never mWsefi ho can put
tiwajr more frteti blueflsh and black
berry potple than five of the muses,
but it Is only proof of his exceptional i
excellence, and the overseer never re
bukes him.
Did I tell you she was a w|dqw, also
Interested In botany? I think »he stands
second best. He HKes fried blueflsh, etc.
Anyway, we missed him, and there
Was a swift summer storm stealing
blackly up from the horizon, and the
sea moaned as it broke in sobs along
the shore. They do that kind, thing ,
all right. I h-ihl to thmfc (hut tven»
the snimnvr mun >•••j t d((esn -t.
. MkeOr**-;. Clnrence lllnir said he
nadn't showed up since breakfast, and
he'd seen him making a bee line for the
glen, and he'd said, "What's yer hurry t
and the professor had said he hoped
be could have oue morning In peace to
study without that thundering crowd
of old maids hiking after hiiu.
We didn't believe MacGregor. He
looks like a pale, new sand fly, and his
father and mother own all of No Man's
Land. The professor never In all this
world used such words as hiking and
thundering, but MacGregor did. 1 here
fore, I may say, in the same common
parlance, that the whole thundering
crowd of old maids pitched In and loin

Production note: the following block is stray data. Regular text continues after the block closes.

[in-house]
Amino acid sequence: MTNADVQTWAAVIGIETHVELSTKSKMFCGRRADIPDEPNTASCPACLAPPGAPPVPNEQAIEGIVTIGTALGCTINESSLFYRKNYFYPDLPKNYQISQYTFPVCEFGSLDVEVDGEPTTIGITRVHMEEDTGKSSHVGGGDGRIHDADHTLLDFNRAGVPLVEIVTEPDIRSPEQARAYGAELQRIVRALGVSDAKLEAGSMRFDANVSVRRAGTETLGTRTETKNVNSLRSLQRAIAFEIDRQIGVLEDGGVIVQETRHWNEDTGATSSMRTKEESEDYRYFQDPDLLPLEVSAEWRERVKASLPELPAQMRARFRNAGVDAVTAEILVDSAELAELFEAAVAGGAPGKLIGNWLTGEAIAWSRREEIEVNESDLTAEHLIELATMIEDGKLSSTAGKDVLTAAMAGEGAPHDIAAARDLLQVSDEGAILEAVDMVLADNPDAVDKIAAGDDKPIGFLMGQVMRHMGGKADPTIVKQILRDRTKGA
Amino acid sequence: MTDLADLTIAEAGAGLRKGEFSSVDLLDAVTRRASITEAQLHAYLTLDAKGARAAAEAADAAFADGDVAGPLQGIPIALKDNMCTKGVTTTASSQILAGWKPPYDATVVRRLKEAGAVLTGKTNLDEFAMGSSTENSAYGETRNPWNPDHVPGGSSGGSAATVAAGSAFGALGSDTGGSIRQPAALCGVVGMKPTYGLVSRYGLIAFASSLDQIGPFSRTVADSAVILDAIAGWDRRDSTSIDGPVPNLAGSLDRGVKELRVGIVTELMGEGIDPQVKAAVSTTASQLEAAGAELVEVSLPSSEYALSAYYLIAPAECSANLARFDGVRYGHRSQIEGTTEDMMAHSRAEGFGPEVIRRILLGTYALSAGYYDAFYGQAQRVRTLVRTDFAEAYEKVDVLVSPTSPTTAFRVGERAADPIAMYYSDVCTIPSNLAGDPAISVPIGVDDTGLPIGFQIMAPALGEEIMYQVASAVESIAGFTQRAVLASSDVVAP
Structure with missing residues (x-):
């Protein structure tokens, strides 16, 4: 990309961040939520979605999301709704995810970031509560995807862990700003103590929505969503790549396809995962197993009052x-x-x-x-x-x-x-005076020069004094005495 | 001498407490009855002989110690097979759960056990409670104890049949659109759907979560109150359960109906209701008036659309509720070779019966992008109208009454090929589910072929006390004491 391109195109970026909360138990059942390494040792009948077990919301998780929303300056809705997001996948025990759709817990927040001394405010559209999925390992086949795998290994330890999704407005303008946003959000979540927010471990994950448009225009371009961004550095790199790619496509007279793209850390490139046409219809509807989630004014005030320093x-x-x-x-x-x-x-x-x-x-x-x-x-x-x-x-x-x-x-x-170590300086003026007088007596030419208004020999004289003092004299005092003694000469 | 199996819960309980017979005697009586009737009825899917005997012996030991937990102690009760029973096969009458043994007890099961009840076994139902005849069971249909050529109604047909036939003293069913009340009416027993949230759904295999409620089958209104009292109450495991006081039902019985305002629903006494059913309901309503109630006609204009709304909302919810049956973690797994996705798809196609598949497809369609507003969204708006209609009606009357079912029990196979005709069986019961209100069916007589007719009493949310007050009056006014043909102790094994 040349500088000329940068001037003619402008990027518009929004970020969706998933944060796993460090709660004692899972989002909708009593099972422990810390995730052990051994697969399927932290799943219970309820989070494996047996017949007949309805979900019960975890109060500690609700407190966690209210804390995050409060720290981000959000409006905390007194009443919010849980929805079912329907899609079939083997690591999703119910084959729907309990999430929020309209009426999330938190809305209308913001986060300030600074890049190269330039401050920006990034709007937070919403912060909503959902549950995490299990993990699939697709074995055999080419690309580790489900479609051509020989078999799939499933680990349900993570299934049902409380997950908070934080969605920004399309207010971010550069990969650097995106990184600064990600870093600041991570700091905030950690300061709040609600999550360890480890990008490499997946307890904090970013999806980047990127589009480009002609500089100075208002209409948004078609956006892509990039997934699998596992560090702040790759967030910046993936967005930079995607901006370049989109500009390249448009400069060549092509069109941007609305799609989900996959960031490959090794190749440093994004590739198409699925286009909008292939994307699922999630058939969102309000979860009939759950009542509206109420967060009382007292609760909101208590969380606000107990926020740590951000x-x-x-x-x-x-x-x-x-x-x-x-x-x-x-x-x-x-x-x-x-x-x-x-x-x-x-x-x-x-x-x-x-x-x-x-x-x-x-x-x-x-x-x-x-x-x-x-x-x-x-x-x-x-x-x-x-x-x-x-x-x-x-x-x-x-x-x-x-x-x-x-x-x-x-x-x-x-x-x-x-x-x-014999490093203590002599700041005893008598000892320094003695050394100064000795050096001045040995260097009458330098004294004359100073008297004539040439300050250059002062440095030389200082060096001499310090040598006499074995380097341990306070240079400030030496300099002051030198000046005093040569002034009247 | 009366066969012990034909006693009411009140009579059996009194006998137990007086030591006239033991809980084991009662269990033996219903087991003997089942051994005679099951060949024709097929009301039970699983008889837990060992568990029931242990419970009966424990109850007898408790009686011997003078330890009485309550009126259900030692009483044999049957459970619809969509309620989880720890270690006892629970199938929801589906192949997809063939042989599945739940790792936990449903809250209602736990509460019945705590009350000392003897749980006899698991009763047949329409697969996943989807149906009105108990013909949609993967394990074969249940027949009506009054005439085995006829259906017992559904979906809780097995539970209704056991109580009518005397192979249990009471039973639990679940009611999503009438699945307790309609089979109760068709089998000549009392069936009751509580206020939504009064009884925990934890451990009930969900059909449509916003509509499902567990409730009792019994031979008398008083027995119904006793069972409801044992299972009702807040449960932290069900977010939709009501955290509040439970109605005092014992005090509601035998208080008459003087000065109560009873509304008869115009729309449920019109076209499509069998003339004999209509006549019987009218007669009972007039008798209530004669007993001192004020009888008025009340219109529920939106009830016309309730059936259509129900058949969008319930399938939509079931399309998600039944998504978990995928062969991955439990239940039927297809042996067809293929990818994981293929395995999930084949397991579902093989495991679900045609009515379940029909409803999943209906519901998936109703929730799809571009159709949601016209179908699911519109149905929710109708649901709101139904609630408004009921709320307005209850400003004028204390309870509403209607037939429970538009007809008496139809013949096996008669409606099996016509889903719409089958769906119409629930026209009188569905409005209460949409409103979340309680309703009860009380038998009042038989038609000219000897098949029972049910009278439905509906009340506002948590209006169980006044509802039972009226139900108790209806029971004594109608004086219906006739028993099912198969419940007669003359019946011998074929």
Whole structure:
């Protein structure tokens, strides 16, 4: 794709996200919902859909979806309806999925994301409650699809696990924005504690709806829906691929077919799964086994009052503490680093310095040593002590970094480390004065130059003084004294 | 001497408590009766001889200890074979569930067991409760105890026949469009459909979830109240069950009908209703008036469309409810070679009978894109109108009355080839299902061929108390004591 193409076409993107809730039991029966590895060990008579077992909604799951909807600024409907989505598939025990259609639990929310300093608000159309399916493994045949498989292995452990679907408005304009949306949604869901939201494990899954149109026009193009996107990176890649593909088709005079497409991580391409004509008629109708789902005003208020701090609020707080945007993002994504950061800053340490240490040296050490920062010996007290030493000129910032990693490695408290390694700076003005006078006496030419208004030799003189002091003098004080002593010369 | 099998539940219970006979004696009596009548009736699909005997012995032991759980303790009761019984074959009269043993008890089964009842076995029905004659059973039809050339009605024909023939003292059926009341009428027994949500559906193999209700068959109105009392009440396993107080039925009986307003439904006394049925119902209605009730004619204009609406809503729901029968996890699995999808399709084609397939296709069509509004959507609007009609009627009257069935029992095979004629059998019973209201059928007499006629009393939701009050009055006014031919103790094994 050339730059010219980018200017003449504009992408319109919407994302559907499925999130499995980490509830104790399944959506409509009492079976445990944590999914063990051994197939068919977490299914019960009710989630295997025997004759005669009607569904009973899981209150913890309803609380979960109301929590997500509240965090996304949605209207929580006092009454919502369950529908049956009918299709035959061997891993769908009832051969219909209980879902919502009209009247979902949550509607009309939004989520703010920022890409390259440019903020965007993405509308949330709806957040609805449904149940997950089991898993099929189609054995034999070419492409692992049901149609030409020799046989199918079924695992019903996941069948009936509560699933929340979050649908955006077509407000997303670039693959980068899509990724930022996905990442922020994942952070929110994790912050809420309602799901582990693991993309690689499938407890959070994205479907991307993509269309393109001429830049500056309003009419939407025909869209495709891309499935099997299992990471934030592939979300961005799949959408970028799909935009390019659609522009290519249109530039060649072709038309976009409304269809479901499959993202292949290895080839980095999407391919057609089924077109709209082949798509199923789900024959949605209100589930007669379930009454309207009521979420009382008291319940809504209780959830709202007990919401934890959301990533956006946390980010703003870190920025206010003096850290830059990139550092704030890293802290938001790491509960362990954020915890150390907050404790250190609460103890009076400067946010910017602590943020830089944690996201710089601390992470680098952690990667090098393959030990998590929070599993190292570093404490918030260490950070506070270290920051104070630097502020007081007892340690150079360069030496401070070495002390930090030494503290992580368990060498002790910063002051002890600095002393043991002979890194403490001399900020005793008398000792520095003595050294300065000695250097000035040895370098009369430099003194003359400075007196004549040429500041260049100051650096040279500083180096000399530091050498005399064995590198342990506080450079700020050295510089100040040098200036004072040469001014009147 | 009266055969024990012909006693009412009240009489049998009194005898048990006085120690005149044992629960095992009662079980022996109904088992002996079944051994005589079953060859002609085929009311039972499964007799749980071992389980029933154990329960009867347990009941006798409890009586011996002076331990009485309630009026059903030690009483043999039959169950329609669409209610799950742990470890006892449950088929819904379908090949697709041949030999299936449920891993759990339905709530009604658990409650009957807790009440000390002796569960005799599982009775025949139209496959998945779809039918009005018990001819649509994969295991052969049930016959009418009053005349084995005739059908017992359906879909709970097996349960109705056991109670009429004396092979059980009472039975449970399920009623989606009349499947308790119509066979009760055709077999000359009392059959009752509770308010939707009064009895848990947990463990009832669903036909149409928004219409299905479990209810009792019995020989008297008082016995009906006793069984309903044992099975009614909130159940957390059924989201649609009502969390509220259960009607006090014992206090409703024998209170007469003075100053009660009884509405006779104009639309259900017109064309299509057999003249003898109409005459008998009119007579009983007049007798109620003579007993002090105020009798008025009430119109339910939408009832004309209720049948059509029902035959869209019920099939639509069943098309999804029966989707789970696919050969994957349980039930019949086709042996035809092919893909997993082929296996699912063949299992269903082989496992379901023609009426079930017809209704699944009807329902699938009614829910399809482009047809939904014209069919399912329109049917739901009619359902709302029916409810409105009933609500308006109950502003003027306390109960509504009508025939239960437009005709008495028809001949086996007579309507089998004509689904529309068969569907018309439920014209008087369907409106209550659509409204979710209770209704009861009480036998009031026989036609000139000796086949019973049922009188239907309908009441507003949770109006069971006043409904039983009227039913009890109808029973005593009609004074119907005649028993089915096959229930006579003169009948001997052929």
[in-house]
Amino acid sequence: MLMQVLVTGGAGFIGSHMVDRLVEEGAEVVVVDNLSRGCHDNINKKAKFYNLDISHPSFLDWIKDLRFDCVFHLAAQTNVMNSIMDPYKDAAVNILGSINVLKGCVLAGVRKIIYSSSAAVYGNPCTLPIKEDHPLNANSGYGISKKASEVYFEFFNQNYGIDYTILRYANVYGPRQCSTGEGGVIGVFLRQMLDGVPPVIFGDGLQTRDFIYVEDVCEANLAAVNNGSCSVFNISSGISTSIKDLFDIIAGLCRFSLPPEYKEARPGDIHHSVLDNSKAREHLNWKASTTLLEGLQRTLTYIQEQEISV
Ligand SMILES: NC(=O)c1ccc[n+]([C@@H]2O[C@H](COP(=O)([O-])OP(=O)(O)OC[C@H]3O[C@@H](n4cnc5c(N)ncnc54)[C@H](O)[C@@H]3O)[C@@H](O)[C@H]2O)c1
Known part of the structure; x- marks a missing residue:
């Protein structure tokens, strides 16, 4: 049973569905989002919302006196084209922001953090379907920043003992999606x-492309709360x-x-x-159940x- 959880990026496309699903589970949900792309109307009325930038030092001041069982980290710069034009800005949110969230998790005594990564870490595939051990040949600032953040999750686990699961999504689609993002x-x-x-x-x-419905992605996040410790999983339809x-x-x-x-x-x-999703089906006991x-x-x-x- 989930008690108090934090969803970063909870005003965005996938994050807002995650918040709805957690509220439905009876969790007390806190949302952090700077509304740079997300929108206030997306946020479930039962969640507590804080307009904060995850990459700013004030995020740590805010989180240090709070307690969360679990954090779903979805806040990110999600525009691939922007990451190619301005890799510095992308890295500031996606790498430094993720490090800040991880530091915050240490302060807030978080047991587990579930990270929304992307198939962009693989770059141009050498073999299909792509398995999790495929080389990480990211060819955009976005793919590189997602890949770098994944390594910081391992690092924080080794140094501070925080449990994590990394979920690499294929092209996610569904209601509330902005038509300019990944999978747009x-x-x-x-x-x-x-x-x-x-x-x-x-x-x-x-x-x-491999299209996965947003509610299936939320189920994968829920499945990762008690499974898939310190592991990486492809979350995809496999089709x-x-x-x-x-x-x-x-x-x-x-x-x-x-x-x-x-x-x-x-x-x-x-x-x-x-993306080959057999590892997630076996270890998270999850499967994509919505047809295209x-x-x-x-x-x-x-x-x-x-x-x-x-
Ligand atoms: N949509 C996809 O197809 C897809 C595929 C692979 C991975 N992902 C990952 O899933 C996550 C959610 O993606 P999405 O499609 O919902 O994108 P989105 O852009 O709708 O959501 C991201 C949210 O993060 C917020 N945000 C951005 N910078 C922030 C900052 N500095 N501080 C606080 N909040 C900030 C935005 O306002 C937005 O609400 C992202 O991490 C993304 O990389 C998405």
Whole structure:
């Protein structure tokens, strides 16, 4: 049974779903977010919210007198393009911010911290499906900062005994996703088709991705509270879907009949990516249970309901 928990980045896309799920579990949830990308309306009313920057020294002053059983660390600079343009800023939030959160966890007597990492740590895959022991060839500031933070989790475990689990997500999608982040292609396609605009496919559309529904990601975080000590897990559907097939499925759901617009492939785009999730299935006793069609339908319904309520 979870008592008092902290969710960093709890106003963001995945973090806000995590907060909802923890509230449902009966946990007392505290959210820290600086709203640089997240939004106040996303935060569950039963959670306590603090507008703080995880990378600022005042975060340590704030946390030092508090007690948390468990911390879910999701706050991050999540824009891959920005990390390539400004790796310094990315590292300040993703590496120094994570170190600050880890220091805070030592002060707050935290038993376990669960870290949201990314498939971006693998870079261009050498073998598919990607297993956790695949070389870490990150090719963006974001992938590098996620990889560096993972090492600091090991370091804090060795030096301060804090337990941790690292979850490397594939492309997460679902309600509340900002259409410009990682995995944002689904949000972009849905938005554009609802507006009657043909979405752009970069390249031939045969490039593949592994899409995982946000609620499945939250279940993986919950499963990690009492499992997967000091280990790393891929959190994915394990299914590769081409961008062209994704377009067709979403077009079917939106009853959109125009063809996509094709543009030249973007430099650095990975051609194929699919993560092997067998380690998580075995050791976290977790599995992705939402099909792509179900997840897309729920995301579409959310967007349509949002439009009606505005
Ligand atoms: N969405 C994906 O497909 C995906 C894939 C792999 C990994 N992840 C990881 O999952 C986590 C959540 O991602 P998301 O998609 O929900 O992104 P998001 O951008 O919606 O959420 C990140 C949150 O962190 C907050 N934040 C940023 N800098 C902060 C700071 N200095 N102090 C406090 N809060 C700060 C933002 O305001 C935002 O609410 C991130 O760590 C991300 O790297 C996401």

busted MacGregor until his pretty
white linen suit was not fair to see and
his twining curls were full of sand
burs. Then he howled and retracted,
and we all went up the glen arter the
The glen deepens anil darkens as you
go in, and the sides are rocky and pre
cipitous. with much shrubbery and un
dergrowth and scraggly pine trees list
ed to windward. And Just as the first
»lfe?lt of !lg|?tj}ing quivered In the iky
{ we beard a faint shout for help.
It was the professor. He bung sus
pended in air on the bare limb of a
dead pine tbat jutted out from tbe rock
halfway up tbe bluff, like Genius on
Pegasus, tbe widow said—on a petrified
Then Genevieve Periey, our college
product, said Pegasus couldn't be pet
rified. He would have to be ossified.
And the widow began to cry and sat
down on a log and said she didn't care
a bit either way, ossified or petrified,
and Professor Vogel was such a lovely
man and always paid bis board like a
gentleman, and she bated to see him
killed before her eyes, and she never
felt so much like fainting before in all
her life.
Genevieve said fainting was counted
out. He was a fine target for light
ning up there, and. while it was none of
her business and she had no interest in
the professor as a lovely man or In the
continuance of his regular board pay
ing, still she thought a rope might be a
good thing.
"In mountainous countries," began
Agatha, the artist, who has been Eu
ropized, "I believe tbey tie a rope
around the waist of one person"—
"It's tbe shoulders," said Genevieve;
•"kind of a slipknot."
Tbe professor shouted for help again,
this time fainter still.
"No; the waist," said Agathn firmly.
"And lower that person over the moun
tain side until he rescues tho other
"Let's lower MacGregor," murmured
Genevieve, but tbe widow cried and
said her feel were getting wet and she